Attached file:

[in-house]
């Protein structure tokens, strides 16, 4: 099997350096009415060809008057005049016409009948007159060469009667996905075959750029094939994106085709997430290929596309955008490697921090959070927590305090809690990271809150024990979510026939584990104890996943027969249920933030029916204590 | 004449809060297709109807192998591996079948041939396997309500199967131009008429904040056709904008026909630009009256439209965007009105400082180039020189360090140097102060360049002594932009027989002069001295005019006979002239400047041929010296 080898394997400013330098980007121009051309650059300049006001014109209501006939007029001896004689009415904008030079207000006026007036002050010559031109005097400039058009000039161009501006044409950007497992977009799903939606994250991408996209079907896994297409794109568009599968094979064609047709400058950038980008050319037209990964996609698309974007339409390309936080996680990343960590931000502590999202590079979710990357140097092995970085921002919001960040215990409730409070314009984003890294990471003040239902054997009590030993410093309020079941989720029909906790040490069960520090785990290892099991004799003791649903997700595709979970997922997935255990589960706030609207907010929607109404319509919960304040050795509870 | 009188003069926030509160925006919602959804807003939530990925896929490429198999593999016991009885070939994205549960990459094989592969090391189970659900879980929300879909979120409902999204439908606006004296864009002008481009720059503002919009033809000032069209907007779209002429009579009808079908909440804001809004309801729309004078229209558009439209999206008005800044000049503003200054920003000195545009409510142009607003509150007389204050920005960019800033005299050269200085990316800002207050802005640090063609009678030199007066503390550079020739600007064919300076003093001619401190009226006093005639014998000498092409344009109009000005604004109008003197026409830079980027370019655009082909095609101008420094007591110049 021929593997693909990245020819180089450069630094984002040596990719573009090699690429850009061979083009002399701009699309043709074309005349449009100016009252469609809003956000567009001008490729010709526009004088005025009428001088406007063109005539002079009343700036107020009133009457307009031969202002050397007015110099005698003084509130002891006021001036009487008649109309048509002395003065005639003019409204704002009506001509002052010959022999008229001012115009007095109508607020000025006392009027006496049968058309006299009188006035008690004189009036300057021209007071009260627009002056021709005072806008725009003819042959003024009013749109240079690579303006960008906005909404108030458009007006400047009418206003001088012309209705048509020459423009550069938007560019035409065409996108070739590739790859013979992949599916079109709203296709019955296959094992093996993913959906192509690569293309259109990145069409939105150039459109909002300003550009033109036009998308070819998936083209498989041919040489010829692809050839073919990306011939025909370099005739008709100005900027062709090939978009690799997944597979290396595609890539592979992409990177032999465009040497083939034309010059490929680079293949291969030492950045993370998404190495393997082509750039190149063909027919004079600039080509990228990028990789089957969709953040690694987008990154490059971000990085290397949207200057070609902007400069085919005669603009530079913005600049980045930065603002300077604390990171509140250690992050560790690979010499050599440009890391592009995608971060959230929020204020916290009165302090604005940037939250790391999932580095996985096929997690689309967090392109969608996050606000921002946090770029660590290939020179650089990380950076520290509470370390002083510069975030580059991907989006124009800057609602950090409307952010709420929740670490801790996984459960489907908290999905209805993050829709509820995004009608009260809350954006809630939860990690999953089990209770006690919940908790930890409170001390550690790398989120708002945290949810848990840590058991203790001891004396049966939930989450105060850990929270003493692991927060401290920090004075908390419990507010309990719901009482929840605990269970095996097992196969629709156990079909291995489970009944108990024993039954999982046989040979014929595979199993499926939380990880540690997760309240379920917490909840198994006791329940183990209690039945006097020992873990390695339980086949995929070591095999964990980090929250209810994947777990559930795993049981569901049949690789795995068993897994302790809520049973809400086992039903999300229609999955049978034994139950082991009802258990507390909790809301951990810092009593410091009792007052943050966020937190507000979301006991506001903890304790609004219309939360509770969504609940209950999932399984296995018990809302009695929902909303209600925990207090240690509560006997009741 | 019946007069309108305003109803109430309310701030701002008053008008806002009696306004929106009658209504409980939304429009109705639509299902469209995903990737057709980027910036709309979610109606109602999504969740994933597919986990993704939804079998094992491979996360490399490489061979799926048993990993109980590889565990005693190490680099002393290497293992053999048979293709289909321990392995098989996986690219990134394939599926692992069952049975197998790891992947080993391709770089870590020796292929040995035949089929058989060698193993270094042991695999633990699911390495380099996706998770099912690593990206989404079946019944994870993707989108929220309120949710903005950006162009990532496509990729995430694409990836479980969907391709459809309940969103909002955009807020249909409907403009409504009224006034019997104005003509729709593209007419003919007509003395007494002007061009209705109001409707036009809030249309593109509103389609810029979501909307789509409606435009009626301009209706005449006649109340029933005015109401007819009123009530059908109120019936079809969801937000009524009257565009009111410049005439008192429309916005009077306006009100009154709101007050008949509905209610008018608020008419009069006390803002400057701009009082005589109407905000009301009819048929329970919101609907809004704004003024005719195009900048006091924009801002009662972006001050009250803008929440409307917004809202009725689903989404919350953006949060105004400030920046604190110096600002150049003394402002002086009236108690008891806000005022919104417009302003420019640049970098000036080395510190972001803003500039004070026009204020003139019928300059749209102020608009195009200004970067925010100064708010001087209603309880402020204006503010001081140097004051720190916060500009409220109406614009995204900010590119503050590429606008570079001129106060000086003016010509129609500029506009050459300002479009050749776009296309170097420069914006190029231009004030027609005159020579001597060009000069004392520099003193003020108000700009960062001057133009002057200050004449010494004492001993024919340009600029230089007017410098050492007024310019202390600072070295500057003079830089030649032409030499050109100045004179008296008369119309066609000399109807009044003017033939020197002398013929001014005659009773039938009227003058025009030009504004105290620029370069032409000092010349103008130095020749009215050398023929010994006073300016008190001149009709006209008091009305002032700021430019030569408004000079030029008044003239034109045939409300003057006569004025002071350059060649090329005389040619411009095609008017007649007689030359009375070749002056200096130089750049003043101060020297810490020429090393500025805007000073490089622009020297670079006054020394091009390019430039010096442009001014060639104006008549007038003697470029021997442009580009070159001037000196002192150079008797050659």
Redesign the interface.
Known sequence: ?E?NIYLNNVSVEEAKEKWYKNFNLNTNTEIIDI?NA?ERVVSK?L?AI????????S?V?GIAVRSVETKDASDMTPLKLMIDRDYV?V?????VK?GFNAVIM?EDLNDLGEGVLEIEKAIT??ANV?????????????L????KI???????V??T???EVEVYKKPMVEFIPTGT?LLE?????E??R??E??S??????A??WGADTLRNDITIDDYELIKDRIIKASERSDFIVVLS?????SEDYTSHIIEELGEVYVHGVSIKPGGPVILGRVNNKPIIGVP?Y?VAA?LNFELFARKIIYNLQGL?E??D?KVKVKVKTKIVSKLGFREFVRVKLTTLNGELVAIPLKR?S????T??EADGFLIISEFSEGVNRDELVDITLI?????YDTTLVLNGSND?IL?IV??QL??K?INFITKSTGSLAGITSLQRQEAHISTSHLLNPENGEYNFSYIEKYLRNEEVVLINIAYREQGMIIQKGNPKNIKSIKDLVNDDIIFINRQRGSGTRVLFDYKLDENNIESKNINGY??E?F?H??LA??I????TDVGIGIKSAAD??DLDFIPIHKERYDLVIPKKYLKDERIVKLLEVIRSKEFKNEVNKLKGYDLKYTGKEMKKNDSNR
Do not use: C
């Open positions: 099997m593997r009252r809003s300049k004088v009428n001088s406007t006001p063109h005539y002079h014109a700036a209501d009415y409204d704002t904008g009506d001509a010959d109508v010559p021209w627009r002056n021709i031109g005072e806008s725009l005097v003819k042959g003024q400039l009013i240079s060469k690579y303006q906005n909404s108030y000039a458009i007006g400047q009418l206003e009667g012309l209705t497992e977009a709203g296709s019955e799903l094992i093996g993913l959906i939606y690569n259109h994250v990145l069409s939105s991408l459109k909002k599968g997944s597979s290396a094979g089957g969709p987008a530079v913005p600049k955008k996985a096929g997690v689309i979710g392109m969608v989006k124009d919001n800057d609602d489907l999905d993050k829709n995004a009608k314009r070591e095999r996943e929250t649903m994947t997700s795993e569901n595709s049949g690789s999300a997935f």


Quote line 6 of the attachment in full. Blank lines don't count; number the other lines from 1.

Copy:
């Open positions: 099997m593997r009252r809003s300049k004088v009428n001088s406007t006001p063109h005539y002079h014109a700036a209501d009415y409204d704002t904008g009506d001509a010959d109508v010559p021209w627009r002056n021709i031109g005072e806008s725009l005097v003819k042959g003024q400039l009013i240079s060469k690579y303006q906005n909404s108030y000039a458009i007006g400047q009418l206003e009667g012309l209705t497992e977009a709203g296709s019955e799903l094992i093996g993913l959906i939606y690569n259109h994250v990145l069409s939105s991408l459109k909002k599968g997944s597979s290396a094979g089957g969709p987008a530079v913005p600049k955008k996985a096929g997690v689309i979710g392109m969608v989006k124009d919001n800057d609602d489907l999905d993050k829709n995004a009608k314009r070591e095999r996943e929250t649903m994947t997700s795993e569901n595709s049949g690789s999300a997935f």